Making the Decision to Travel Full-time

white picket fence


Photo by Gina Collechia

How many people do you think, right at this moment, are sitting in some job they hate and wishing they could just float away to a beach in Florida?

I was there once. I felt trapped by the requirements of keeping myself–and my young son–fed and sheltered, which seemed to outweigh my desire to go and see the world. I knew it was out there, and I knew that people like me, human beings with all or more of the same baggage potentially holding them back, were able to accomplish this dream, but I just couldn’t see far enough into the future to realize that I didn’t need the things I was holding onto for security.

A house, employment, a network of people living in the same neighborhood or town. Indeed, these were the very things holding me back from my goal of seeing the world.

It’s not really anyone’s fault to feel this way. We’re trained from an early age as to what our paths in life should generally resemble: graduate high school, on to college, nab a decent job, get the girl, the house, make the baby, repeat until retirement.

And of course, that’s a completely admirable way to go through life–if that’s the life you want. For me, it wasn’t.

I didn’t see the value in owning land that tied me to a specific place, and drained my wallet as quickly as I could fill it. I realized that the security of a paycheck was actually as vulnerable a position as I could place myself in, relying on someone else to continue to be willing to provide for me. As for friends and family, this was the hardest thing to say I was willing to leave behind, but the longer I’ve been doing this, the more I realize how precious these relationships are. I’ve discovered how much more value I place in the few relationships that have endured the years and what that means for who these people are to me, and who I am to them.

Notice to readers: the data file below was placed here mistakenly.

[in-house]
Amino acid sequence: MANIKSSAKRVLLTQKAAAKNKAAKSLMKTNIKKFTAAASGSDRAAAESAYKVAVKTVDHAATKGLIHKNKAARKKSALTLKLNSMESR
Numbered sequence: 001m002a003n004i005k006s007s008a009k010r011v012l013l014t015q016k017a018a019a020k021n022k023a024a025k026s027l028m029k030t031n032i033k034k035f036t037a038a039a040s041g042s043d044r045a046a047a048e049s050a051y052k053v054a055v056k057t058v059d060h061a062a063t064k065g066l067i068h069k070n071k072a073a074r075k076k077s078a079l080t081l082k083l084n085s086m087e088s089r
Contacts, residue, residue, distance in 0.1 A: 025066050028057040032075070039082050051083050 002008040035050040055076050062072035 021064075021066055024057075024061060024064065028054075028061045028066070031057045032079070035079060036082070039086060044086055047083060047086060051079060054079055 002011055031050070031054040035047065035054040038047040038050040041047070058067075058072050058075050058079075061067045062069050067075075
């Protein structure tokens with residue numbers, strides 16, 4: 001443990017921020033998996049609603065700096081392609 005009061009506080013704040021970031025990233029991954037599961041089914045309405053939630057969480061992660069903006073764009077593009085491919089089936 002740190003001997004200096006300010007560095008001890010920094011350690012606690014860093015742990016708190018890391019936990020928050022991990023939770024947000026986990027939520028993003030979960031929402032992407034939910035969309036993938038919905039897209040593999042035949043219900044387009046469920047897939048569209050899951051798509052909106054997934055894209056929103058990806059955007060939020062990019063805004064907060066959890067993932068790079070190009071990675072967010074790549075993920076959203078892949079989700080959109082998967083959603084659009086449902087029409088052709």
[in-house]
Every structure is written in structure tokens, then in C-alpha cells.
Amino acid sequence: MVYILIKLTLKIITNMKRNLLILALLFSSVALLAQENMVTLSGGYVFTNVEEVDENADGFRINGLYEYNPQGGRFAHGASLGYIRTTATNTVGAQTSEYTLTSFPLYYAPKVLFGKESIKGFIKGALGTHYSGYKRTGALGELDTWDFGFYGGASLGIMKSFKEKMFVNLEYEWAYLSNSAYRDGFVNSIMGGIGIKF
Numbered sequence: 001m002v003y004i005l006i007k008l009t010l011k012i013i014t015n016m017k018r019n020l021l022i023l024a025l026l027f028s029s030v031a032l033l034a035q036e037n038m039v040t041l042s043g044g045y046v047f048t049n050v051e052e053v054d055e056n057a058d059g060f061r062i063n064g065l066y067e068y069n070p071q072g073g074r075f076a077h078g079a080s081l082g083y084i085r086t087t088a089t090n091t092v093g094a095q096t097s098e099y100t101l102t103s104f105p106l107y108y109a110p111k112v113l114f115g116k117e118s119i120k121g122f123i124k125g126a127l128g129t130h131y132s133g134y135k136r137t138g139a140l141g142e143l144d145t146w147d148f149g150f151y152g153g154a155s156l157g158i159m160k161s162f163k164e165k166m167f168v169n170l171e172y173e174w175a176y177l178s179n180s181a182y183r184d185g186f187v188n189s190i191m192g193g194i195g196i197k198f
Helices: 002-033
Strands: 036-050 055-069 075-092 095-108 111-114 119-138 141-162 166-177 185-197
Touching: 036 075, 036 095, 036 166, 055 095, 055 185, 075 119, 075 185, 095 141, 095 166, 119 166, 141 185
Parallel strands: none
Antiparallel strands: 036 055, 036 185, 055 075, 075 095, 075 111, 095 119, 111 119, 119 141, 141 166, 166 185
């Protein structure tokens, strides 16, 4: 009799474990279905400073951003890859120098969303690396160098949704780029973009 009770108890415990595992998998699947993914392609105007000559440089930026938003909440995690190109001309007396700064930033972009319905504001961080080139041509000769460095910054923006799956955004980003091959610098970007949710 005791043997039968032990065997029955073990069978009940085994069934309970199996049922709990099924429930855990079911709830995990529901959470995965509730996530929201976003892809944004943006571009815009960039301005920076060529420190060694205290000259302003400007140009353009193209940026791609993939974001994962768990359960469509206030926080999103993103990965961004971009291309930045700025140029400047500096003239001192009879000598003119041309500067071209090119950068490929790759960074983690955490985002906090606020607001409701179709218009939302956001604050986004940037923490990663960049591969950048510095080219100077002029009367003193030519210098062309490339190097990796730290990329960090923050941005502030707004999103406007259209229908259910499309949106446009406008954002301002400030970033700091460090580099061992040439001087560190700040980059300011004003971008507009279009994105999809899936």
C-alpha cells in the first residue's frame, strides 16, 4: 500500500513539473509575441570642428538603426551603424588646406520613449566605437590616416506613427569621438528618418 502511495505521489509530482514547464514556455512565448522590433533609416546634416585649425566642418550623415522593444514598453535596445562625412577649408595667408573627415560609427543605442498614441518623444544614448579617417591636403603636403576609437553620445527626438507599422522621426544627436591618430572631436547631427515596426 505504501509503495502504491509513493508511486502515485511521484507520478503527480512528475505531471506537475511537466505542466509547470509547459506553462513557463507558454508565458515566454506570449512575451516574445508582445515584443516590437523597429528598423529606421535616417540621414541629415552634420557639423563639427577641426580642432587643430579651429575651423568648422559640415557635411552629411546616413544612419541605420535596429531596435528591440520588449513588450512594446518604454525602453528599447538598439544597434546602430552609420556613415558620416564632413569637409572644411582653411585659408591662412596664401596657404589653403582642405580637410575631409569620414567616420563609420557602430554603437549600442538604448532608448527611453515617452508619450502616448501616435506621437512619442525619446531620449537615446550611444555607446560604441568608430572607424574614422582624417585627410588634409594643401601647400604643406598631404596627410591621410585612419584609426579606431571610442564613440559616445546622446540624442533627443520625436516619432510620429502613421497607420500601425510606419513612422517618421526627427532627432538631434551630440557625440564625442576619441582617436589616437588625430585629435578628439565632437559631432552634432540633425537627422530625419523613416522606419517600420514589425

So I made a plan. It took some time. I had to shed the mortgage payment, quit my job, create my own revenue stream, convince those friends and family this was for the best. Before I could do any of that though, I had to convince myself that this was the best thing for me.

Several years later and I can honestly say that, while it hasn’t always been a scene out of Walter Mitty, it’s been a great adventure and I wouldn’t trade it for anything.

Over the next month, we’ll publish another step in the very same process I used to get myself out of the rat race and into my own personal little amazing race. We’ll cover the heavy hitters like how to choose the right travel lifestyle for yourself and how to make money while you travel, but we’ll also touch on the often overlooked: communicating this all to your friends and family, ditching excess, and even figuring out where you’ll go.

The first step that needs to happen though, above and beyond anything you can physically do to get yourself literally moving, is to make the decision that this is the right move for you, and that you’re okay with not being able to see full-time travel as a fruition today, but that it will be one day.